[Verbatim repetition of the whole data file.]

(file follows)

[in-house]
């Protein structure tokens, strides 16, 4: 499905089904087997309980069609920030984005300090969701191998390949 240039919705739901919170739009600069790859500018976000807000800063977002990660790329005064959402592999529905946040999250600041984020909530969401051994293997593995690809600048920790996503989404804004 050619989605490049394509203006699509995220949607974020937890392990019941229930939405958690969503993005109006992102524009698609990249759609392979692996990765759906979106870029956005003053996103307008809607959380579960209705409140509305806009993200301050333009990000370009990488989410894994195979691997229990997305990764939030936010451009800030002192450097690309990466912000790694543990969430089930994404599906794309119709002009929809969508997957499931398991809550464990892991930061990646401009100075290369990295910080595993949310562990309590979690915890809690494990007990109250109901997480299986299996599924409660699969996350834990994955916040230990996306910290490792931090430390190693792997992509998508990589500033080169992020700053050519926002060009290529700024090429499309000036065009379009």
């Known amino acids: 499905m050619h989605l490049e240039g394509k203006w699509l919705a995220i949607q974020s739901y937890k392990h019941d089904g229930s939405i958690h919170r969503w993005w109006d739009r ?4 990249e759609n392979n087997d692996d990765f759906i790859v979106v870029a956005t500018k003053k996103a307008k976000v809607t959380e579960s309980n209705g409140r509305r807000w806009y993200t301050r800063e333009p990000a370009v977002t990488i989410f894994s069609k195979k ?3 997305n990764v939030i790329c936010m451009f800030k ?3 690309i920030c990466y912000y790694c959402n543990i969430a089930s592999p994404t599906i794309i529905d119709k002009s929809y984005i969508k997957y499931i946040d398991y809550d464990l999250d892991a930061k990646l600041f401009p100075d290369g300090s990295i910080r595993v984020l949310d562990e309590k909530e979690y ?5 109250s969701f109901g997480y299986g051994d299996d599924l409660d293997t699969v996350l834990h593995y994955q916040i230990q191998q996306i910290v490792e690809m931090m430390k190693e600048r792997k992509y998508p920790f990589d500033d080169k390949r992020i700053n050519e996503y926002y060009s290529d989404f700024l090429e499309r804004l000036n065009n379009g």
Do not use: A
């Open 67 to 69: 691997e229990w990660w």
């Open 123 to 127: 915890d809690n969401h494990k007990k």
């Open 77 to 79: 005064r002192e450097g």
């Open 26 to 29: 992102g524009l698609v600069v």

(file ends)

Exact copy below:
[in-house]
């Protein structure tokens, strides 16, 4: 499905089904087997309980069609920030984005300090969701191998390949 240039919705739901919170739009600069790859500018976000807000800063977002990660790329005064959402592999529905946040999250600041984020909530969401051994293997593995690809600048920790996503989404804004 050619989605490049394509203006699509995220949607974020937890392990019941229930939405958690969503993005109006992102524009698609990249759609392979692996990765759906979106870029956005003053996103307008809607959380579960209705409140509305806009993200301050333009990000370009990488989410894994195979691997229990997305990764939030936010451009800030002192450097690309990466912000790694543990969430089930994404599906794309119709002009929809969508997957499931398991809550464990892991930061990646401009100075290369990295910080595993949310562990309590979690915890809690494990007990109250109901997480299986299996599924409660699969996350834990994955916040230990996306910290490792931090430390190693792997992509998508990589500033080169992020700053050519926002060009290529700024090429499309000036065009379009």
């Known amino acids: 499905m050619h989605l490049e240039g394509k203006w699509l919705a995220i949607q974020s739901y937890k392990h019941d089904g229930s939405i958690h919170r969503w993005w109006d739009r ?4 990249e759609n392979n087997d692996d990765f759906i790859v979106v870029a956005t500018k003053k996103a307008k976000v809607t959380e579960s309980n209705g409140r509305r807000w806009y993200t301050r800063e333009p990000a370009v977002t990488i989410f894994s069609k195979k ?3 997305n990764v939030i790329c936010m451009f800030k ?3 690309i920030c990466y912000y790694c959402n543990i969430a089930s592999p994404t599906i794309i529905d119709k002009s929809y984005i969508k997957y499931i946040d398991y809550d464990l999250d892991a930061k990646l600041f401009p100075d290369g300090s990295i910080r595993v984020l949310d562990e309590k909530e979690y ?5 109250s969701f109901g997480y299986g051994d299996d599924l409660d293997t699969v996350l834990h593995y994955q916040i230990q191998q996306i910290v490792e690809m931090m430390k190693e600048r792997k992509y998508p920790f990589d500033d080169k390949r992020i700053n050519e996503y926002y060009s290529d989404f700024l090429e499309r804004l000036n065009n379009g």
Do not use: A
């Open 67 to 69: 691997e229990w990660w």
């Open 123 to 127: 915890d809690n969401h494990k007990k």
């Open 77 to 79: 005064r002192e450097g």
């Open 26 to 29: 992102g524009l698609v600069v």